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What should college students know about Letters of Reference?

As a college student, the time will come when you will need to ask a teacher for a letter of reference: to transfer to another school, to apply to graduate school or for a scholarship, or as part of a job application.

The best person to write such a letter is a full-time professor who is well-known in his area of study. If you don't know a full-time professor, the next best choice would be a part-time instructor or a teaching assistant.

Here is a secret. As you might imagine, college teachers get a lot of requests for letters of recommendation. Most of the time, they will simply take a standard form letter and make minor changes. However, if a teacher likes you, he will take the time to write a more elaborate and more personalized letter.

Your goal should be to make it as easy as possible for your teacher to write you a wonderful letter. Here are some hints.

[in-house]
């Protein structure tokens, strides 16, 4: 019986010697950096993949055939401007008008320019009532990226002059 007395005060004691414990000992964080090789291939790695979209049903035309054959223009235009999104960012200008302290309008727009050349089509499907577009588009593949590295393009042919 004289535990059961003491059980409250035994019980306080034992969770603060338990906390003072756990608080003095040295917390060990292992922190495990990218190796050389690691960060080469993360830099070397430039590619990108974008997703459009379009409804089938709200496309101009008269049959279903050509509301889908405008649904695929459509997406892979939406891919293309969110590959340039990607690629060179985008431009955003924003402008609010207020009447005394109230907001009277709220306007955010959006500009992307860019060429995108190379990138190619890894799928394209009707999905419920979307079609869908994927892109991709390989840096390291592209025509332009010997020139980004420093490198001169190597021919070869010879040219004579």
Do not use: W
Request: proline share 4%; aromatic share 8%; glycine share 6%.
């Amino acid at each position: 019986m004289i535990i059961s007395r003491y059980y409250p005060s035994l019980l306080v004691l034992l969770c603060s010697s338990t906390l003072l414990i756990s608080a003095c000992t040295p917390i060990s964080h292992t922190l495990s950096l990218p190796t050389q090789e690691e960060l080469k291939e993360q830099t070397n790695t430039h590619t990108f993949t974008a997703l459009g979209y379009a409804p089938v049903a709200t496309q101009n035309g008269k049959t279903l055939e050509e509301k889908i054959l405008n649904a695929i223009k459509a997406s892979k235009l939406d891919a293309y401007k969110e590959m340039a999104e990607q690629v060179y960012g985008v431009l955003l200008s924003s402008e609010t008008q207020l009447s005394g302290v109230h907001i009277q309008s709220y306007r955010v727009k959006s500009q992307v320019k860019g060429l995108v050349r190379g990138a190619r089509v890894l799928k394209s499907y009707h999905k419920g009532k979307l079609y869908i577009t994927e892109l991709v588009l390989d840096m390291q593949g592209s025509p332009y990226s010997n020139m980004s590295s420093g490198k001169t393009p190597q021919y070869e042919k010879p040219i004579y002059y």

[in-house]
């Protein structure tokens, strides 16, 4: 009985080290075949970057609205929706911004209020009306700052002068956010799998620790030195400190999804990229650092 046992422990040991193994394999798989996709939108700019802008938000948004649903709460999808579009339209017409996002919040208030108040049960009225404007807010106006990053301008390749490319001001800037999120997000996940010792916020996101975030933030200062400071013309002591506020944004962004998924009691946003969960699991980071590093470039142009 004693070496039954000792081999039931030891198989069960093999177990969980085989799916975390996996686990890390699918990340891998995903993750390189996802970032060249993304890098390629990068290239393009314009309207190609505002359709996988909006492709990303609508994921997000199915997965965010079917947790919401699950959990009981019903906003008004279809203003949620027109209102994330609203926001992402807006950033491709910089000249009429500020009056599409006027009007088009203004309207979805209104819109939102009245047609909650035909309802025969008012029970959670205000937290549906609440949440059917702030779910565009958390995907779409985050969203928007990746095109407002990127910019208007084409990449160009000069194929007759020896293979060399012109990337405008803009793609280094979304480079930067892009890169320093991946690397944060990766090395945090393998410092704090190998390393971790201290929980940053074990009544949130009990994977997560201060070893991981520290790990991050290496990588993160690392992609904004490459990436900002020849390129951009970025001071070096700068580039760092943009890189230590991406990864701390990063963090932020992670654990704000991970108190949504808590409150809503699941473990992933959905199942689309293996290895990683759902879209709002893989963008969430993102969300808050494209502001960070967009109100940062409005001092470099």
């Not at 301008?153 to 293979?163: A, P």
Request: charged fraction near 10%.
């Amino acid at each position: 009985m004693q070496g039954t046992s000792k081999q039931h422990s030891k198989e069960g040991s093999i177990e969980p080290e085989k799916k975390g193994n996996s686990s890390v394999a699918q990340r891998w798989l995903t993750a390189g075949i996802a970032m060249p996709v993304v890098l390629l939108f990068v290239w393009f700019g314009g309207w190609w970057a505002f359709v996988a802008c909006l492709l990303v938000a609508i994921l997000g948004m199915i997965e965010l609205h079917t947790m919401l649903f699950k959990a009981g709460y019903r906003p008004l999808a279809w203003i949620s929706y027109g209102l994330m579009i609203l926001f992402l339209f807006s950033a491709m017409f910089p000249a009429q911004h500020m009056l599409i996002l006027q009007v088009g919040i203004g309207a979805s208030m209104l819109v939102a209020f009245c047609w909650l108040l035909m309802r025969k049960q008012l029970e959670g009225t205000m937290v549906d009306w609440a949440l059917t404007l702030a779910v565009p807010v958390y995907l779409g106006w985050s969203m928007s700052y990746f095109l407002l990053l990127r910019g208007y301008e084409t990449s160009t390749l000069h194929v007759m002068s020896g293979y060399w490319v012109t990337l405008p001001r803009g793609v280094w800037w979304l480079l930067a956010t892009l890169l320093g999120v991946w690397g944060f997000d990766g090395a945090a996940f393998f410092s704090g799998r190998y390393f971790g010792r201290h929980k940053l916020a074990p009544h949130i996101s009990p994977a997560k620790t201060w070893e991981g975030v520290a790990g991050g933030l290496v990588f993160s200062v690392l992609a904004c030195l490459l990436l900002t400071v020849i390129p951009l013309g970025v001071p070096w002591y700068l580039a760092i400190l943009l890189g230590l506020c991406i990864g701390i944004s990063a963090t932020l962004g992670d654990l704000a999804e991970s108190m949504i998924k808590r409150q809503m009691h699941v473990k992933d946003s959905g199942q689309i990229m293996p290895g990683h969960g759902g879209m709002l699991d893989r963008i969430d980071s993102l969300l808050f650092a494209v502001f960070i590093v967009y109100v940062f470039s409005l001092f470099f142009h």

1. The teacher will have to know more about you than your grades. To help him, prepare a list of the points you would like the letter to highlight, such as a description of your extracurricular activities, your strengths and your goals.
  1. Don't wait until the last minute to make your request. Ask for the letter at least a month in advance.
  1. Give the professor an envelope that is already addressed (to save him time) and already has a stamp (to show how thoughtful you are).
  1. If you have the option of signing a waiver that says that you will not see the letter, do so. Such a letter will carry more weight, as the reader will assume that the opinions are more honest. (Many teachers will show you the letter, anyway, even if you have signed the waiver.)
  1. Finally, as soon as the letter has been sent, send the professor a short thank-you note. This is not negotiable.